The Reformed Dutch Church in Claverack cemetery spans 12.7 acres accross the property and has gravestones that date from the 18th century until the present. To the immediate north of the church are several stone vaults built into the rise.
2020 Cemetery Committee Members
James O’Neill – Chairman of the Board of Trustees
Joe Fletcher- Superintendent
James Mackerer – Treasurer and Secretary
Transcribed in 2001-2003 by Andrea Spiciarich, Church Organist
This transcription of the graves in the cemetery of the Ref. Dutch Church of Claverack, NY was primarily taken from my own scrutiny of the stones as they appeared from the summer of 2001 through the summer of 2003. I also used the August 1935 transcription by Minnie Cowen as a cross-reference to my findings. I discovered many older stones which did not appear in Ms.Cowen’s transcription, and there were several stones which she read which were no longer readable or even present in the graveyard. In cases where I was unable to read the stones, I used Ms.Cowen’s transcription. I also used baptismal and marriage records to conform many of the questionable names and dates.
To the best of my knowledge, I have read and mapped out everu readable stone. There are several names on my lit which were derived from three possible sources, and these names do not have a section or row becaue I could not find them. The sources were:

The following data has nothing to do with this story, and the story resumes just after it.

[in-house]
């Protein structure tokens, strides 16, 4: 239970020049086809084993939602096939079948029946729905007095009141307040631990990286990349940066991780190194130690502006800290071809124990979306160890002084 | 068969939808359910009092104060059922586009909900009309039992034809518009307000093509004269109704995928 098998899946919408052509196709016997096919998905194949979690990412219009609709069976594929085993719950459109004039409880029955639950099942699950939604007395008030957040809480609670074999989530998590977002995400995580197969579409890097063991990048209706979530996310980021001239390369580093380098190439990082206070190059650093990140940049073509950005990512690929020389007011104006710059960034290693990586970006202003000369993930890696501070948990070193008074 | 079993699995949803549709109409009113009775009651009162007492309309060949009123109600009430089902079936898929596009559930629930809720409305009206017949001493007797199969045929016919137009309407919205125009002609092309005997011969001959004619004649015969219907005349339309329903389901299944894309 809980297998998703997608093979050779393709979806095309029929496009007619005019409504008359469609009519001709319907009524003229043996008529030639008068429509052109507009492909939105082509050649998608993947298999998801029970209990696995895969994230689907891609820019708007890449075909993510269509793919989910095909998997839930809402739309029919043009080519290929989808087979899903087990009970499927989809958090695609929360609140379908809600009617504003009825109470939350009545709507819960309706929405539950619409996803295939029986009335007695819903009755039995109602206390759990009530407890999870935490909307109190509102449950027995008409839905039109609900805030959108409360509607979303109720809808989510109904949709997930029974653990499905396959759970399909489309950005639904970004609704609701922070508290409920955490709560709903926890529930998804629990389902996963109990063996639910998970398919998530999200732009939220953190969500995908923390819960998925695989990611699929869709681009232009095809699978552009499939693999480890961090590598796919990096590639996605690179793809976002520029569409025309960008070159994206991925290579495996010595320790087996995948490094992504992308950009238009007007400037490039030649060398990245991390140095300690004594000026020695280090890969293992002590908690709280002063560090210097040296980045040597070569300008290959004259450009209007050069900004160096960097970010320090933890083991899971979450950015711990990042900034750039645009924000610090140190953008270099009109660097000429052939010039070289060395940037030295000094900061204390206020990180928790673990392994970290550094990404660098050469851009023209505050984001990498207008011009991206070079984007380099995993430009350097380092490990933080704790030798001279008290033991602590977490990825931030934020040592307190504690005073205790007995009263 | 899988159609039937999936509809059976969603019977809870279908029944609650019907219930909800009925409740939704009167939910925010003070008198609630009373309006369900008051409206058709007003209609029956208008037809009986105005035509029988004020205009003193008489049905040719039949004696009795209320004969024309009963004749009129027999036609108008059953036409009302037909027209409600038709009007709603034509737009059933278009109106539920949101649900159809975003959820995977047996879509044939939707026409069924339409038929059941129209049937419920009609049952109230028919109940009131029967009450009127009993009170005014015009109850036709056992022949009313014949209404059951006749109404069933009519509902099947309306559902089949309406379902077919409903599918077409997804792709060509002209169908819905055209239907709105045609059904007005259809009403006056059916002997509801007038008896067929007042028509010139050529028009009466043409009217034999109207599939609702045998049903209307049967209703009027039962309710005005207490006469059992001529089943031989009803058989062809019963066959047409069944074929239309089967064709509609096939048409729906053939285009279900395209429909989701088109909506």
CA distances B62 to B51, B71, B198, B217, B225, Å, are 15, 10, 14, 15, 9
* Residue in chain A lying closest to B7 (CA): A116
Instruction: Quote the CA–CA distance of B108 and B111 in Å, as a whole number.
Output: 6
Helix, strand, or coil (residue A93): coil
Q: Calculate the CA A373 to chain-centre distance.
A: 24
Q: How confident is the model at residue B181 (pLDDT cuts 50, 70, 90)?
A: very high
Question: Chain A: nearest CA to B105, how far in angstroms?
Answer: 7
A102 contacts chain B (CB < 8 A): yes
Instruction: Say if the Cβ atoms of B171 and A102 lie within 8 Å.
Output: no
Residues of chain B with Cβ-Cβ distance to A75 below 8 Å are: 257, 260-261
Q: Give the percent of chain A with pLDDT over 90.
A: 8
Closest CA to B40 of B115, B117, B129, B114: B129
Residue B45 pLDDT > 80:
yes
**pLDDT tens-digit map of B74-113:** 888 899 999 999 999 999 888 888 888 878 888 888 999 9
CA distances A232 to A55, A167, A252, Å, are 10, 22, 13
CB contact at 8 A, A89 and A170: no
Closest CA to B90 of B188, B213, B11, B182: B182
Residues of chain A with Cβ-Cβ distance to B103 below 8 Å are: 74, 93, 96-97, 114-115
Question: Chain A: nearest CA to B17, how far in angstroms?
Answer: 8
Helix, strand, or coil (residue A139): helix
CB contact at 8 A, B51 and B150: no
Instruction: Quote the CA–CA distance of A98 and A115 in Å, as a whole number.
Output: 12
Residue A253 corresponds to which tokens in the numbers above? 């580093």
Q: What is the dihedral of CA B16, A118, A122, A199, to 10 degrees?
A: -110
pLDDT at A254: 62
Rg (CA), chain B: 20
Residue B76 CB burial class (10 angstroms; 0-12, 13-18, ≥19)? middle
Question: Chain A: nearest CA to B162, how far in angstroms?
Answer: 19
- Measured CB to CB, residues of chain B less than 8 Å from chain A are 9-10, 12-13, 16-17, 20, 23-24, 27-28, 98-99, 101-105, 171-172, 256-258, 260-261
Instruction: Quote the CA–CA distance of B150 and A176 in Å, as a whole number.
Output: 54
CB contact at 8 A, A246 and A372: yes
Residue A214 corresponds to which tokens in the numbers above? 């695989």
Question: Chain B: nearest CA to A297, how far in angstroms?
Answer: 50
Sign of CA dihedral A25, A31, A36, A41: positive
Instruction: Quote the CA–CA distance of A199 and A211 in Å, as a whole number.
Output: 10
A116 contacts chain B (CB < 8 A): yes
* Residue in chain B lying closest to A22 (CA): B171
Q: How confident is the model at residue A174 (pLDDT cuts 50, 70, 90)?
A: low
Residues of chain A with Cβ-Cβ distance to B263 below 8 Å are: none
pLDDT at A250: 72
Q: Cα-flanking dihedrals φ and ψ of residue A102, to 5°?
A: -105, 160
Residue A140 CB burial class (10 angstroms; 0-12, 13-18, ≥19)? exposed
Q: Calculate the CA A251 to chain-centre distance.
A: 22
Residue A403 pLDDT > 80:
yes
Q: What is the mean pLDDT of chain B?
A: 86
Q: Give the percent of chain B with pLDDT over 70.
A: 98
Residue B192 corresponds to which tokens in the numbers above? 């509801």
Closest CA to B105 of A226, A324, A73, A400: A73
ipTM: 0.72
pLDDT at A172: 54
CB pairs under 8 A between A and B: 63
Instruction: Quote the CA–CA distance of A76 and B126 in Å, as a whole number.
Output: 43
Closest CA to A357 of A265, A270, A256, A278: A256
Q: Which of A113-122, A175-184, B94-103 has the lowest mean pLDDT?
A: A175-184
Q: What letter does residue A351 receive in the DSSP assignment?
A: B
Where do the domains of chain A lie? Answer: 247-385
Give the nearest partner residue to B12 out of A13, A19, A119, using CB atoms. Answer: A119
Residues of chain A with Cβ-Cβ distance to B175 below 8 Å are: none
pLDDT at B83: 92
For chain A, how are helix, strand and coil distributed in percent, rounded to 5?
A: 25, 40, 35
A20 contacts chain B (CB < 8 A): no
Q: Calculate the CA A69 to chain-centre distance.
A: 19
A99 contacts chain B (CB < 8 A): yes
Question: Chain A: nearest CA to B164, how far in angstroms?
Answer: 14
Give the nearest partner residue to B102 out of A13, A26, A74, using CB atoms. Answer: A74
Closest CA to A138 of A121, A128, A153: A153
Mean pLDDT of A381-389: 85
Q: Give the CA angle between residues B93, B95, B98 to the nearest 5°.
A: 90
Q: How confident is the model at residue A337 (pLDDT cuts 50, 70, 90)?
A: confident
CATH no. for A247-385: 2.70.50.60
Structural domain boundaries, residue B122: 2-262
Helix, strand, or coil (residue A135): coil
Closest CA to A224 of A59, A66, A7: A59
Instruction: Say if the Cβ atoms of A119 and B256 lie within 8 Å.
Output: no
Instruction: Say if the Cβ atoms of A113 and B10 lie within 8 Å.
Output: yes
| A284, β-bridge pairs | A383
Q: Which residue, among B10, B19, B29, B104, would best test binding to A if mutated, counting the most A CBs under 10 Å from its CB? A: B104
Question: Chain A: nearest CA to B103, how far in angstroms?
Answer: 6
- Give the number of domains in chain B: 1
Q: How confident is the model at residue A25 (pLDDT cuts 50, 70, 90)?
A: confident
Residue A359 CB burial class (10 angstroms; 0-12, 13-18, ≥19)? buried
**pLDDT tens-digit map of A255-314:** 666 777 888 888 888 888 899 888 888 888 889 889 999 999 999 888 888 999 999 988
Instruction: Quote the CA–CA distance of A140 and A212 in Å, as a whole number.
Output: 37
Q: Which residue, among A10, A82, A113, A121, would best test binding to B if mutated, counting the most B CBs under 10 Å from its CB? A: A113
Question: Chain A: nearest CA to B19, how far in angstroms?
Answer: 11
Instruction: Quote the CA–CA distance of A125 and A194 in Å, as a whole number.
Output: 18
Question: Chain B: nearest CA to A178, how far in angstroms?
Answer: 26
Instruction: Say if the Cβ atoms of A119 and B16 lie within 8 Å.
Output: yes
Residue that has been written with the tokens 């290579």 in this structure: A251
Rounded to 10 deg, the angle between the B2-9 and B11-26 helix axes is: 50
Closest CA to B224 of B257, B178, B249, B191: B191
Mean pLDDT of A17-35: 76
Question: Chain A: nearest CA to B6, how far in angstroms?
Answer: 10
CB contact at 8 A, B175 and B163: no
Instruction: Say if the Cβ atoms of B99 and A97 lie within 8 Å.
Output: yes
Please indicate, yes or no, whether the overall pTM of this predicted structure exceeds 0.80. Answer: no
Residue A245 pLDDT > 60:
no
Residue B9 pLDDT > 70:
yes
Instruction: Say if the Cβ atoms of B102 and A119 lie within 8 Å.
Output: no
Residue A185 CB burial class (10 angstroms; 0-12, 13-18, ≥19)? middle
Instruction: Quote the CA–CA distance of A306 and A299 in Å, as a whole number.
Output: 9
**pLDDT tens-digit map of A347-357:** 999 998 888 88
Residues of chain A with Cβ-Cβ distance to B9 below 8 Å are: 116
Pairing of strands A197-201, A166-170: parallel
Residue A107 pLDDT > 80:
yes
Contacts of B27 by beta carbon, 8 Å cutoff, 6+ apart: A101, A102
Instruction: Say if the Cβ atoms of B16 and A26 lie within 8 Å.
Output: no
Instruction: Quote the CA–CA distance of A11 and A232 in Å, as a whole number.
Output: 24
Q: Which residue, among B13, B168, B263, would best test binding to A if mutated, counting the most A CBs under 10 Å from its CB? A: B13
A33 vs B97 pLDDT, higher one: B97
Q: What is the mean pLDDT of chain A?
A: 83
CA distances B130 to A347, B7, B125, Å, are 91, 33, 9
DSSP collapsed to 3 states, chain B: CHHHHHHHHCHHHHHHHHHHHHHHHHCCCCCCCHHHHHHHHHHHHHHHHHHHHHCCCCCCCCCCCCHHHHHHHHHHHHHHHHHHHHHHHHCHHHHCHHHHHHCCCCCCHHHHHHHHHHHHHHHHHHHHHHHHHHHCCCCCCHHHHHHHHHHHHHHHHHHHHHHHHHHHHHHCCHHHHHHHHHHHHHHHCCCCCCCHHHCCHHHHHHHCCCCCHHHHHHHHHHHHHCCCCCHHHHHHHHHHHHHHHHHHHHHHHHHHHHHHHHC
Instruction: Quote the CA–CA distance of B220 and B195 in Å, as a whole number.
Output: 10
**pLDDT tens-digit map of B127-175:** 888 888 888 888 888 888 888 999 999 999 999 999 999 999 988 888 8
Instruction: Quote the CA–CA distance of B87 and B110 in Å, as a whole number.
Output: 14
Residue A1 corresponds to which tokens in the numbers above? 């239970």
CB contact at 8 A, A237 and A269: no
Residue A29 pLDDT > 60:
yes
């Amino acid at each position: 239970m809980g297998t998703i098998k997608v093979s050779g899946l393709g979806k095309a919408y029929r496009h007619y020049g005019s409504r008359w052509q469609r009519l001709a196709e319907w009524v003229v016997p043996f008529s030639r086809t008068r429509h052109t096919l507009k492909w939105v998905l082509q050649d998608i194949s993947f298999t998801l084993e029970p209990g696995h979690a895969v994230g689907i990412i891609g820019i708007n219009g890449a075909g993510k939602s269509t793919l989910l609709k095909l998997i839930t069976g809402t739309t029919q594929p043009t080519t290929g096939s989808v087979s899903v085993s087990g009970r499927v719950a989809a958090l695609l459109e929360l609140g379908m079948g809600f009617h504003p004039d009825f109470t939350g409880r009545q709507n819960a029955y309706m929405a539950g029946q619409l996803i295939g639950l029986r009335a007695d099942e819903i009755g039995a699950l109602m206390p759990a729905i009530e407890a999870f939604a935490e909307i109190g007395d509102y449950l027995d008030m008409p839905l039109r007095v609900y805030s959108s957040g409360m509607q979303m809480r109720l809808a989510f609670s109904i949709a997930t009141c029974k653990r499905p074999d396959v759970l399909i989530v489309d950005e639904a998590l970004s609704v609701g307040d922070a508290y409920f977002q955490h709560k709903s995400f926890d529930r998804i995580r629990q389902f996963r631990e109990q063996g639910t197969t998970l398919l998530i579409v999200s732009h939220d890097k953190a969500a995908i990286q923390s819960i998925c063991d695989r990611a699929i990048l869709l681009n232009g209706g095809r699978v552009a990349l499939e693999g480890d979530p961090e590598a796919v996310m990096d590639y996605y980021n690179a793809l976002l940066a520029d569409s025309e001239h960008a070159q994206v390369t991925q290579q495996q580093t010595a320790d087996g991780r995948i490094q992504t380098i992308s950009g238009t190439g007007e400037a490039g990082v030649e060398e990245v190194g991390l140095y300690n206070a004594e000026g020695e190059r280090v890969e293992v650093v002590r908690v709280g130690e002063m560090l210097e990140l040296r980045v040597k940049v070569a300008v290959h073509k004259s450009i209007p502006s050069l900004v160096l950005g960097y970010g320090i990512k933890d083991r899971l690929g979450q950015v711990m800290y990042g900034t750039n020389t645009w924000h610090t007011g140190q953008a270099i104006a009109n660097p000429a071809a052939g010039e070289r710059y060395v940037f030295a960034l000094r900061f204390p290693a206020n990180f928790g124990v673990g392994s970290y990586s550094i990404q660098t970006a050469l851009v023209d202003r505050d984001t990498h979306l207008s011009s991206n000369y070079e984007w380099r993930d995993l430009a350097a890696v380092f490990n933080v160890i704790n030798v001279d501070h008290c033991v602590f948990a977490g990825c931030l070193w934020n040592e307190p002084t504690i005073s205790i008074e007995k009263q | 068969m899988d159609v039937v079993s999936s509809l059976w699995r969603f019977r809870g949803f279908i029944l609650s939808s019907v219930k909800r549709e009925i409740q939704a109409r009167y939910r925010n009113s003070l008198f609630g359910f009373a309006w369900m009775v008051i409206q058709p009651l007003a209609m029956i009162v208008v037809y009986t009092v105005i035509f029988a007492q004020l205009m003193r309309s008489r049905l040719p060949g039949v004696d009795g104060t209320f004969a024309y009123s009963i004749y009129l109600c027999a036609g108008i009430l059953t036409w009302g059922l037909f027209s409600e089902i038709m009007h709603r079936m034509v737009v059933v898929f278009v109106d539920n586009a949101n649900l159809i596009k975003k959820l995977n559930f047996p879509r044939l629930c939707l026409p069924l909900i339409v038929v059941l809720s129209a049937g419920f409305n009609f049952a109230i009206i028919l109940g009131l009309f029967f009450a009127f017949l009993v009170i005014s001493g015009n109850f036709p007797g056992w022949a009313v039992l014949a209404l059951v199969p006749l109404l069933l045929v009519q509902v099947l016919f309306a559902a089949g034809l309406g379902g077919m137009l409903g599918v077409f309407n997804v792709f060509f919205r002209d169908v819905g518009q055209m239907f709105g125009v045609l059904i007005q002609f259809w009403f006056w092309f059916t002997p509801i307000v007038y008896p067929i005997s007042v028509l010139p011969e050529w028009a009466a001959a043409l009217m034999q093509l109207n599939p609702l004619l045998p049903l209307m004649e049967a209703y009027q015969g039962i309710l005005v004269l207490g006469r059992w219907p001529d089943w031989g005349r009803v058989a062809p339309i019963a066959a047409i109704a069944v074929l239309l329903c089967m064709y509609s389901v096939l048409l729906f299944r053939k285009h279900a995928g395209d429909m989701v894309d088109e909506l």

- An “Old Burying Ground Map” located in the Cemetery Room of the Christian Ed. Buiding
- Burial records in the possession of Hank Lauer
- The 1935 transcription by Minnie Cowen
My cross-referencing sources were:
- “Family Tree Maker’s Family Archives CD: Marriage Index: Selected Areas of NY, 1639-1916.”
- “Familysearch.com”:baptismal records taken from the Mormon collection.
There are four parts to this index. Last Name, Maiden Name (Nee), Section/Row, and Maps of Cemetery. The database has been sorted alphabetically or numerically by each heading. You need to look up the last name of your ancestor, in the first one or two parts of the index and read through the chart until you see the columns entitled Row/Lot. You will find that each row is made up of a combination of letters:
The first letter refers to the Section of the cemetery. I loosely based each section on its geographical location, namely:
“C” = Center Section | “N” = North Section | “W” = West Section | “E” = East Section | “S” = South Section | “A” = “African-American” Section (based on historians’ info)
The second letter or set of letters refers to the Row within each section. All of the A rows start with the row closest to the church in each section, and the rows move alphabetically outward. Markers have been placed starting with the Southern-most grave in each row. The “Lot” number starts at the South end of each row.
Example: row WA lot: 3 means: “West Section, Row A, 3rd gravestone from the south (the parking lot is “south” of the church. See Map)
The fields of the database are “Last Name”, “First Name”, “Nee” (Maiden name of wife, if known), “m/d B” (Month/ Day of Birth), “YOB” (Year of Birth), “m/d D” (Month /Day of Death), “YOD” (Year of Death), “(Cross Ref.)” (Generally info as it appears on stone is not in parentheses — other info I discovered through cross-referencing is in parentheses.)